Another fine year for OIAF. Another bad year for the Ottawa culinary scene.
By Dan Sarto
There are a number of things I can always count on at an Ottawa festival. First, I will find myself defending Chris Robinson and the selection process. Second, I will find myself defending Chris Robinson and the selection process with people whom earlier in conversation I had defended Chris Robinson and the selection process. Third, after watching several days of screenings, I will question Chris Robinson’s selection process. Nothing ever changes. I love it.
The festival brings together everything uniquely interesting about the animation industry. Art, commerce, tattoos, the best and worst of kids cartoons, unintelligible films from Asia, alcohol, great student films and big studios walking hand in hand with little studios, agreeing they'll refrain from poaching talent except at the parties. The Ottawa festival brings together big and small, have and have not, legend and newbie together in a unique way - cozy, intimate, unpretentious, inviting. The care that goes into its planning is always evident – from the programming of retrospectives to the variety of master classes and talks, nothing on the schedule seems out of place and each holds its own against the other. It’s tough to arbitrate the constant decision making surrounding what to do and when. Suffice to say, days and nights are always full and I travel home lamenting all I didn’t get a chance to see or do.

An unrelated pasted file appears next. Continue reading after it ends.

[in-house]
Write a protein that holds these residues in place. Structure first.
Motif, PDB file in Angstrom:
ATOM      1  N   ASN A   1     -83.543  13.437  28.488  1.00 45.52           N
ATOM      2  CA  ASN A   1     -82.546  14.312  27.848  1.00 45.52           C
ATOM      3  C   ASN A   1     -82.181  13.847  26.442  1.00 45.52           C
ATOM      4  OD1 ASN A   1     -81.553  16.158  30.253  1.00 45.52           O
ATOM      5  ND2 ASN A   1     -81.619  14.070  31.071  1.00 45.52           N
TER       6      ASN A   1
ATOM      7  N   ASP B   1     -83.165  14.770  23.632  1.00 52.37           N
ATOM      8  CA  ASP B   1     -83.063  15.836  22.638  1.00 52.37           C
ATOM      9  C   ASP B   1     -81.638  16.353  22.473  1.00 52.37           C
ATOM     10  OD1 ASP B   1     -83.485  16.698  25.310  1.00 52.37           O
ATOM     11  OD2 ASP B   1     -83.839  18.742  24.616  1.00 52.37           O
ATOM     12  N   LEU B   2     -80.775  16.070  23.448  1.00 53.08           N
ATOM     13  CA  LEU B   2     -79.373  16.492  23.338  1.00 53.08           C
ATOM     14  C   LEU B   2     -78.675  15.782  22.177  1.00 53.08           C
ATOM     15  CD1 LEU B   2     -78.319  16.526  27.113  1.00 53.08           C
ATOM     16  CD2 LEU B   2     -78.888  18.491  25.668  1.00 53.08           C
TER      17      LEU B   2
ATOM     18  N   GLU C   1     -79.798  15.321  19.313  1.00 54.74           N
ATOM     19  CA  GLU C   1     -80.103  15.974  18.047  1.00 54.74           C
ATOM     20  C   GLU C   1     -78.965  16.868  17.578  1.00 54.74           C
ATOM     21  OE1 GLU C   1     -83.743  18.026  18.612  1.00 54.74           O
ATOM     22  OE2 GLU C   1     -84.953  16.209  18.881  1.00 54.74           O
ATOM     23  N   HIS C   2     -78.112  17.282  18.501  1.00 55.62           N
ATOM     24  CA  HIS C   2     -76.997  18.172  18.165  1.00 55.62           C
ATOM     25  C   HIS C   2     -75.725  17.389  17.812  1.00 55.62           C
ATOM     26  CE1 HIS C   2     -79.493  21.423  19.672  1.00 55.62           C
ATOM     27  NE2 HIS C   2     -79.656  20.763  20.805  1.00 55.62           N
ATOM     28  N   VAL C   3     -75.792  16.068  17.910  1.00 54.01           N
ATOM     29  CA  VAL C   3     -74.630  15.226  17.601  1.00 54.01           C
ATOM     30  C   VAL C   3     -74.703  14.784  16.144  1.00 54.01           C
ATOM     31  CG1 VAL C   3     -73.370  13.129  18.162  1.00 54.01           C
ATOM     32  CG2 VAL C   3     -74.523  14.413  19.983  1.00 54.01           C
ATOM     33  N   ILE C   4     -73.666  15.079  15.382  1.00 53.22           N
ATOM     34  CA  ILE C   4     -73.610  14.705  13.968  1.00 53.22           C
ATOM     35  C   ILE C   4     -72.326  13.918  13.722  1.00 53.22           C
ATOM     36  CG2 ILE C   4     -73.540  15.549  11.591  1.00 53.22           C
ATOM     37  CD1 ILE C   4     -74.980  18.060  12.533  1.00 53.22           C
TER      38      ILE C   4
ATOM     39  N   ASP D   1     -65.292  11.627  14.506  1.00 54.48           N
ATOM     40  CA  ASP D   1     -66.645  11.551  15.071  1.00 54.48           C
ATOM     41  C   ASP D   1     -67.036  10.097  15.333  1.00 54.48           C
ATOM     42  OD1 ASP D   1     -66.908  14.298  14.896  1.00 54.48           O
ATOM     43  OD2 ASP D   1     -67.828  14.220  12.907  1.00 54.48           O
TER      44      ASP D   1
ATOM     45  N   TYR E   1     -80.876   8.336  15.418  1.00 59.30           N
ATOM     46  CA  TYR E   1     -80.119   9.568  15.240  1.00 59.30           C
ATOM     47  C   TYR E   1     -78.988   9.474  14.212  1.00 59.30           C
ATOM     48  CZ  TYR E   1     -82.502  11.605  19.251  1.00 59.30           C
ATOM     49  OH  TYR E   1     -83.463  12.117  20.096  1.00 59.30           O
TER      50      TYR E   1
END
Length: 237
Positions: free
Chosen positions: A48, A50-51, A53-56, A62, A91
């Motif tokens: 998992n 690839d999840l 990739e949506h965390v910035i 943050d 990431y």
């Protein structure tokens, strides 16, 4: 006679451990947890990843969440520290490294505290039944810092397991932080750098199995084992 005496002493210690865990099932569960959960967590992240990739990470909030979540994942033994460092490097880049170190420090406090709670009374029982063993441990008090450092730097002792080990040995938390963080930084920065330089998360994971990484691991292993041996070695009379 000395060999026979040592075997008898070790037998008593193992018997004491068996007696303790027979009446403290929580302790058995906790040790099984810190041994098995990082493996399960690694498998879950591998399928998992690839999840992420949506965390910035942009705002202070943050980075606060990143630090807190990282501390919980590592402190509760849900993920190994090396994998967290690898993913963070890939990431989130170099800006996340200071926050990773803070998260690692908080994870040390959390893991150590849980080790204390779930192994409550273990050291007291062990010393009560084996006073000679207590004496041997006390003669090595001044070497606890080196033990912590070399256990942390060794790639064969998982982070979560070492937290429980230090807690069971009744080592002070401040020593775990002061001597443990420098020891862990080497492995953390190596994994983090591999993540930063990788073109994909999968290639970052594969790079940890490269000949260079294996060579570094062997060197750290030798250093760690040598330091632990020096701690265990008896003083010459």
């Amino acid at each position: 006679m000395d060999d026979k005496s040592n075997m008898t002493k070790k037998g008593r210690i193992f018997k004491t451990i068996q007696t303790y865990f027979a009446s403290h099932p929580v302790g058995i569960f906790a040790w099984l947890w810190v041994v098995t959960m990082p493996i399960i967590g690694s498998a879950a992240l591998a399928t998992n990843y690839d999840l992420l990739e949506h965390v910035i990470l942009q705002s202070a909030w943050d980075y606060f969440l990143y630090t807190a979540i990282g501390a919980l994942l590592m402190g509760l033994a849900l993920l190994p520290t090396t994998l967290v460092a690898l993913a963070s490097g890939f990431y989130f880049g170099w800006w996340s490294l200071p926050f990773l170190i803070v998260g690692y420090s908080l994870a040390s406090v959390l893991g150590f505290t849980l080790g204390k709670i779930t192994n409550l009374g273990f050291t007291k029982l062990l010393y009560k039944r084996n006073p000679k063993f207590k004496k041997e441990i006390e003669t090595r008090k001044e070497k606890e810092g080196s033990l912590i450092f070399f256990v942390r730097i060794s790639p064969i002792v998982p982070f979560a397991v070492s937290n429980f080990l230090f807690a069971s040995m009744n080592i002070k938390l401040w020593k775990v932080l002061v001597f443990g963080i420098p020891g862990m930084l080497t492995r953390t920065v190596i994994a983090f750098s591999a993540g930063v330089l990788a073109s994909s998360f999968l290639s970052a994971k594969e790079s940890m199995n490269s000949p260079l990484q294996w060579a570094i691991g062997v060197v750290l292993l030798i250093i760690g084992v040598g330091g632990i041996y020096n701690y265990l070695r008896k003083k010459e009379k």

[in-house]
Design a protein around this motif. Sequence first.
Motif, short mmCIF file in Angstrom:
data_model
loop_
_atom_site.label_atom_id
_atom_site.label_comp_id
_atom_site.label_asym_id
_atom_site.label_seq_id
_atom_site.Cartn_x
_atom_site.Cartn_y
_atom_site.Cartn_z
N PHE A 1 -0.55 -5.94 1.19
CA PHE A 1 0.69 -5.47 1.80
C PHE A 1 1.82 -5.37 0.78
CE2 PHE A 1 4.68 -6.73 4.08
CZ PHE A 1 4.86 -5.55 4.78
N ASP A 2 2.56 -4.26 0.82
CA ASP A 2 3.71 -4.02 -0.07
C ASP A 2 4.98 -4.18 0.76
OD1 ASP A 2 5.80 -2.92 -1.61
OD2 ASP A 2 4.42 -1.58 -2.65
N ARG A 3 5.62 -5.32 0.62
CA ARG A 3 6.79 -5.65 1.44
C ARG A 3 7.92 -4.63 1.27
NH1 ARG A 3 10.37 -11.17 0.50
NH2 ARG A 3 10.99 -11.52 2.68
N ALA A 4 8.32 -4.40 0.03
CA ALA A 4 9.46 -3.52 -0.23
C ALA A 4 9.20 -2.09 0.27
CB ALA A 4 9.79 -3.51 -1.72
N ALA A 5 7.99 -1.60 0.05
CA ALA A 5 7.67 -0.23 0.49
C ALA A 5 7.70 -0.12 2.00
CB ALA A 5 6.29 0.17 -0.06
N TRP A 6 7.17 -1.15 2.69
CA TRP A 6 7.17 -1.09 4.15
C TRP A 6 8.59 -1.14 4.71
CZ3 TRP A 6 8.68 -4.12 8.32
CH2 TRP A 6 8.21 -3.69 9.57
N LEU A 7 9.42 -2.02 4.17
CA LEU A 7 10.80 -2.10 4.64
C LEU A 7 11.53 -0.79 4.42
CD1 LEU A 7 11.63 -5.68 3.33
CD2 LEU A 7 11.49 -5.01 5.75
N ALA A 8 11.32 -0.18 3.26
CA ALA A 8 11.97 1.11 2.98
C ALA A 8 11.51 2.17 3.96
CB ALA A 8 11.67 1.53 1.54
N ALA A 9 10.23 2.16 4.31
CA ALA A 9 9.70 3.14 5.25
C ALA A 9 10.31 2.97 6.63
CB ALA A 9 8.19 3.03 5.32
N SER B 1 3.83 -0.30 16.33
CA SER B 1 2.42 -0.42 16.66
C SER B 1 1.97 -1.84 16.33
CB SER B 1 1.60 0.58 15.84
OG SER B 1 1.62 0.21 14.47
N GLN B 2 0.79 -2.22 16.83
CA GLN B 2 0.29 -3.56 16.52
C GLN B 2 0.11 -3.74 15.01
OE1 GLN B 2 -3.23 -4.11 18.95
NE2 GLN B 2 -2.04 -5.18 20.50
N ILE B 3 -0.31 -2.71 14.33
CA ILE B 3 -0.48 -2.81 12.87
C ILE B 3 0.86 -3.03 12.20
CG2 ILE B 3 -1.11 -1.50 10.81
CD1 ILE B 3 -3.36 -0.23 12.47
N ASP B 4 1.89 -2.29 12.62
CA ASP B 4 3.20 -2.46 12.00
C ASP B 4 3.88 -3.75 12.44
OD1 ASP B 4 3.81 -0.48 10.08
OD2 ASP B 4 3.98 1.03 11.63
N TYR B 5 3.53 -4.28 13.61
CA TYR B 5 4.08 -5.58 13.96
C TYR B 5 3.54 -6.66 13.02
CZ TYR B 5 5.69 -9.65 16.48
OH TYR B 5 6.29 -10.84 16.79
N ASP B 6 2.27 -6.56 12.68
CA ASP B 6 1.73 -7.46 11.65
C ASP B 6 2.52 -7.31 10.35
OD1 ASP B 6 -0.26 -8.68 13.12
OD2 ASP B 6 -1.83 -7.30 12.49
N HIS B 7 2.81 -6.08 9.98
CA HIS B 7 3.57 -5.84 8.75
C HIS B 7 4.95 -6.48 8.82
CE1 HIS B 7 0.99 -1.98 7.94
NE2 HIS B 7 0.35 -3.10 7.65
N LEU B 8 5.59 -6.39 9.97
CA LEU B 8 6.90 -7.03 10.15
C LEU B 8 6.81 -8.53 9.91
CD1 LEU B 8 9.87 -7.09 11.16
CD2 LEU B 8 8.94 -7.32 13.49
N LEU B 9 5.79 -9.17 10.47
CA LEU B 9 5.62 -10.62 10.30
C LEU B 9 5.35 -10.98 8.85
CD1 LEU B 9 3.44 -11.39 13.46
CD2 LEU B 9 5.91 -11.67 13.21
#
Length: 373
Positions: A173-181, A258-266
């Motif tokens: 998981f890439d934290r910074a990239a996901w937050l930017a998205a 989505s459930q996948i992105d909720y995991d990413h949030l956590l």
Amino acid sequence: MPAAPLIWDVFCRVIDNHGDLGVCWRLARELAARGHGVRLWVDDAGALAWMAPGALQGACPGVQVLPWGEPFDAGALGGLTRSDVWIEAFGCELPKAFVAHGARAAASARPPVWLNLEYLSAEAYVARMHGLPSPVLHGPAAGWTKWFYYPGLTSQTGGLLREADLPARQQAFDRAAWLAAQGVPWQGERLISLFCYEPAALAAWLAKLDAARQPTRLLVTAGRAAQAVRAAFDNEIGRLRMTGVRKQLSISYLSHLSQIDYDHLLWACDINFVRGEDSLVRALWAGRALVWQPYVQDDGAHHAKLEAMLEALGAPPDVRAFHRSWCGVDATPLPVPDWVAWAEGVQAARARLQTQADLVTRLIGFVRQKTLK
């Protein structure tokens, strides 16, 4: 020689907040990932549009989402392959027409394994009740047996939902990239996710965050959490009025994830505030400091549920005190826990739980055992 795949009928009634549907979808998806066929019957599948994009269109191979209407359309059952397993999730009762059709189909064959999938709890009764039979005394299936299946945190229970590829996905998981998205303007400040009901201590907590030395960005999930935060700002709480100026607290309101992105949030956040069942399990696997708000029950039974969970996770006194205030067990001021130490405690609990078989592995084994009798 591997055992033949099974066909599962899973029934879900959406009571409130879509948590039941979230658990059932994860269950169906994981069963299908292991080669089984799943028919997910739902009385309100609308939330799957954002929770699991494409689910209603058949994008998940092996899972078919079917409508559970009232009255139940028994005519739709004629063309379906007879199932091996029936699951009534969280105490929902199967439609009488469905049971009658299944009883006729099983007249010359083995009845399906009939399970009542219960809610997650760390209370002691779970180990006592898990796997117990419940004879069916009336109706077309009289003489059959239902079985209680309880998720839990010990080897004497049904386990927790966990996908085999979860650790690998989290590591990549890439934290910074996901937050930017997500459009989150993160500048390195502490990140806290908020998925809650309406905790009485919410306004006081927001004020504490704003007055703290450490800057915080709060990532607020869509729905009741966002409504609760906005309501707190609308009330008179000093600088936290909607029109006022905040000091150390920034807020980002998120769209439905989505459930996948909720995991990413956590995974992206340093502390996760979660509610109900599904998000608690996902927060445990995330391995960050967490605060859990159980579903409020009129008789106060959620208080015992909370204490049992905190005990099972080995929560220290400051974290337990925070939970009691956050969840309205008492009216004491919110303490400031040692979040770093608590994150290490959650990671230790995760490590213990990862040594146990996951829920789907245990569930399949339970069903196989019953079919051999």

Some final observations on the 5 day fest, in no particular order and really, to be honest, displaying limited insight: